In 1972, just two years after it was completed, “Spiral Jetty” all but disappeared from view. Robert Smithson’s seminal earthwork was created at a time when the water levels of Utah’s Great
Every spring and fall, Chinook salmon make their way from the Pacific Ocean into the Klamath River, in Northern California. Historically, their black-speckled bodies would swim upstream, around the Cascade and Klamath
According to locals, two different types of odors emanate from the 366-acre High Acres Landfill, which sits just outside Rochester, New York. “There’s the gas odors, and then there’s the garbage odors
Last September, New York City was so thoroughly inundated by Hurricane Ida that some commuters waded through water up to their waists just to get in and out of the subway station.
In a single week in July, more than 100 million Americans, from Massachusetts to Arizona, were under excessive heat warnings or advisories, as temperatures soared into the triple digits across the country.
In February 2020, professor Sheldon Pollock, 74, was recently widowed, approaching retirement from his tenured position at Columbia University and thinking about what would come next for him. His granddaughter Elea, a
From behind her FLIR GF320 infrared camera, Kendra Pinto sees plumes of purple smoke otherwise invisible to the naked eye. They’re full of methane and volatile organic compounds (VOCs), and they’re wafting
The United States must cut back on its meat consumption in order to meet its climate goals. Meat and dairy account for nearly 15 percent of global greenhouse emissions, and Americans eat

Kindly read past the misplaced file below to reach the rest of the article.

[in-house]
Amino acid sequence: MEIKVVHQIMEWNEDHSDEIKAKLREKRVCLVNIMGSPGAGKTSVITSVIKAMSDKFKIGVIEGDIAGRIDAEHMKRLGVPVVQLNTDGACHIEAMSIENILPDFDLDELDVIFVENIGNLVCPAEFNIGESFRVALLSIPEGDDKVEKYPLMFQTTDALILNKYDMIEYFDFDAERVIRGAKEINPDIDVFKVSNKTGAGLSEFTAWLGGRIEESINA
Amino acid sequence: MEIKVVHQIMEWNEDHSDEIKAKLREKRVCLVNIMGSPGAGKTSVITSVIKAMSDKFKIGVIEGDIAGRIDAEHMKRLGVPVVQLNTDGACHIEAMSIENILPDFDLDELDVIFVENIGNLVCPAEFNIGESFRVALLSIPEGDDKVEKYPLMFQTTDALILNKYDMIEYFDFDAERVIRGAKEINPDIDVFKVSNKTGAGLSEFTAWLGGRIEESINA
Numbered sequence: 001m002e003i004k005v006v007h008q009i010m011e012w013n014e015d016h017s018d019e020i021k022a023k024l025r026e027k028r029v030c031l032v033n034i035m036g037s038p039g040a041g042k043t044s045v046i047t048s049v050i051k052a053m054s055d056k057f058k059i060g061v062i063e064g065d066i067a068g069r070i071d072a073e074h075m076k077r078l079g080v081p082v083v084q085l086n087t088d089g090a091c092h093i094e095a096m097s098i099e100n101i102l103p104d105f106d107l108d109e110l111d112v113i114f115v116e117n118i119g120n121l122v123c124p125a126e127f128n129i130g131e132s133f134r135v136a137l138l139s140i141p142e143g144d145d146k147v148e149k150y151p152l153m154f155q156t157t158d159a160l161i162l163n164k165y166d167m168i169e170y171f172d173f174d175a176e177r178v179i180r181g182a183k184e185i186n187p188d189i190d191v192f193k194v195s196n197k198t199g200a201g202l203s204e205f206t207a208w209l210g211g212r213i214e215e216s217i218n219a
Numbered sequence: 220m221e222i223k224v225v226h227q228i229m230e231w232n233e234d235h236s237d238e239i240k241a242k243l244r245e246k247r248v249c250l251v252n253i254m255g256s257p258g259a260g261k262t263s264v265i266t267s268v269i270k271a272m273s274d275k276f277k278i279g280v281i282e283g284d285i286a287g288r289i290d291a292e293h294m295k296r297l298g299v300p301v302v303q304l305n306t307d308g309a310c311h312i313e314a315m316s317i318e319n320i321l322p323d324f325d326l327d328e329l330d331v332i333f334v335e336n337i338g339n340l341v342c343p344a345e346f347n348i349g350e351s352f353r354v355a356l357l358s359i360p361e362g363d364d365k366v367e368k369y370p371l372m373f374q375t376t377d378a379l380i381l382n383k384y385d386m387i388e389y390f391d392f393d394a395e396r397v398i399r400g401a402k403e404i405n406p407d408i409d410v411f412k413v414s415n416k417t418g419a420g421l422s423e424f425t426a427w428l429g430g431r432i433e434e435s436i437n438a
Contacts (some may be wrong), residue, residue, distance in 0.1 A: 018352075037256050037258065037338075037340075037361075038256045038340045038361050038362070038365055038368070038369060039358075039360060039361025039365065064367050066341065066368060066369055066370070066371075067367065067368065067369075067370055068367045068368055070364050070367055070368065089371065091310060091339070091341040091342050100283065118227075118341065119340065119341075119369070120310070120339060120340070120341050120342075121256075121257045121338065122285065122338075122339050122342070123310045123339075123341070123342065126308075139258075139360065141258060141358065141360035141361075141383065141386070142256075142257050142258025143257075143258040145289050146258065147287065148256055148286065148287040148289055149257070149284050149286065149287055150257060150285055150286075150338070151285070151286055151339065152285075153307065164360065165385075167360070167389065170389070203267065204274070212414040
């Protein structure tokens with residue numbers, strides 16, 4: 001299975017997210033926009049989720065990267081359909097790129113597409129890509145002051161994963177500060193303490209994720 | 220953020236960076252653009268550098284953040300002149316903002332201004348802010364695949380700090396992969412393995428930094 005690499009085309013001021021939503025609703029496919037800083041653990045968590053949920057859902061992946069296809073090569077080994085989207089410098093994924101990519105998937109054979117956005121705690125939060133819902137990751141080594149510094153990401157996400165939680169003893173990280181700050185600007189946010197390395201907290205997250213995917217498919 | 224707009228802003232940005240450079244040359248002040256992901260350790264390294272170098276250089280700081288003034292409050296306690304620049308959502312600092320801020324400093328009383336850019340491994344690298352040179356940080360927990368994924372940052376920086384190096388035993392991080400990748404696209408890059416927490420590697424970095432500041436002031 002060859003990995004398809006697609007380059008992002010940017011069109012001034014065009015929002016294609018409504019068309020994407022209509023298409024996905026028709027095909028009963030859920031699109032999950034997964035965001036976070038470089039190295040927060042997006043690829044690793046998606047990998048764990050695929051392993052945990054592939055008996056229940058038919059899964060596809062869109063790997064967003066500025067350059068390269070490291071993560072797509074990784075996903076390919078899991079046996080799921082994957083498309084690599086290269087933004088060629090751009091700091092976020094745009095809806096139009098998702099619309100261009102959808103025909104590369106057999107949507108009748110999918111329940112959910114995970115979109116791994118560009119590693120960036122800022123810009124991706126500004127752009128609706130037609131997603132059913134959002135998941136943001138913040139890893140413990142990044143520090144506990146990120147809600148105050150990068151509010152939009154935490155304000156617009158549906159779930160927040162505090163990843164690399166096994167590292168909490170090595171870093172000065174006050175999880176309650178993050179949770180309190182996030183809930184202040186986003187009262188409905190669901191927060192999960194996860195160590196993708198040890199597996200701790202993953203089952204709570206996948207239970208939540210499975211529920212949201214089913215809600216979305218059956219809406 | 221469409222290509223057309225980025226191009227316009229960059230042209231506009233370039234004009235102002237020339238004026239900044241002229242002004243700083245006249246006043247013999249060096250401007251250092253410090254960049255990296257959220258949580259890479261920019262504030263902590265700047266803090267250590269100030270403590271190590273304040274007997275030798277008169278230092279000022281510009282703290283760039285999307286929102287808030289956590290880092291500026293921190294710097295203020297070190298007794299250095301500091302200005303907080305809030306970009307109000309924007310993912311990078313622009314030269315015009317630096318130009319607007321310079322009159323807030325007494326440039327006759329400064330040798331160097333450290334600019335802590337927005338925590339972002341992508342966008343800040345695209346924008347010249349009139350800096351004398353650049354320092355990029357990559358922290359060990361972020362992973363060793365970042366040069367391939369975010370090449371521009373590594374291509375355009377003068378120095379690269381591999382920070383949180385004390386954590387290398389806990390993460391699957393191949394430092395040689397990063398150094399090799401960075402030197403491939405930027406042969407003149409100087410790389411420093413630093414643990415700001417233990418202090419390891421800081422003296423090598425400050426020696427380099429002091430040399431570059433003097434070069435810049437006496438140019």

Maritza del Rosario López Cortés comes from a long line of farmers in central Puerto Rico. But it was only after Hurricane Maria devastated the island in 2017, leaving many residents in
Last summer, a mass of high-pressure air known as a heat dome, settled over the Pacific Northwest, hovering for days. The result was record-shattering heat, with temperatures reaching 115 degrees in Portland.
Yurok people rely on California’s Klamath River for sustenance, but the dwindling fish population threatens food security. Tribal leaders aim to restore the deteriorated river for future generations. This video was produced
Today California has out-of-control wildfires, but for centuries Indigenous tribes tended the land with fire. One North Fork Mono leader is on a journey to bring back and legalize controlled burns for
Pointe-au-Chien Indian Tribe second chairman Donald Dardar’s ancestors once lived on land that no longer exists. Situated along the Louisiana bayou, the Indigenous community once stretched miles further to the south. But
After years of degradation along Louisiana’s bayou, Pointe-au-Chien tribal land is rapidly disappearing. Despite land loss and intensifying storms, community members are determined to stay. Read more here. This video was produced
As the U.S. hurtles into another brutal wildfire season, the country is facing a dire shortage of federal firefighters. Last month, U.S. Forest Service Chief Randy Moore told Congress that, in some
The daughter of Chinese immigrants, Melissa Lin Perrella sees a direct line from her childhood in a small town in Central California in the 1980s to her work on the front lines
Carly Griffith Hotvedt’s Cherokee ancestors planted what is called “the three sisters:” corn, beans and squash. The squash leaves provided shade and protection for the soil, and the beans, as nitrogen fixers,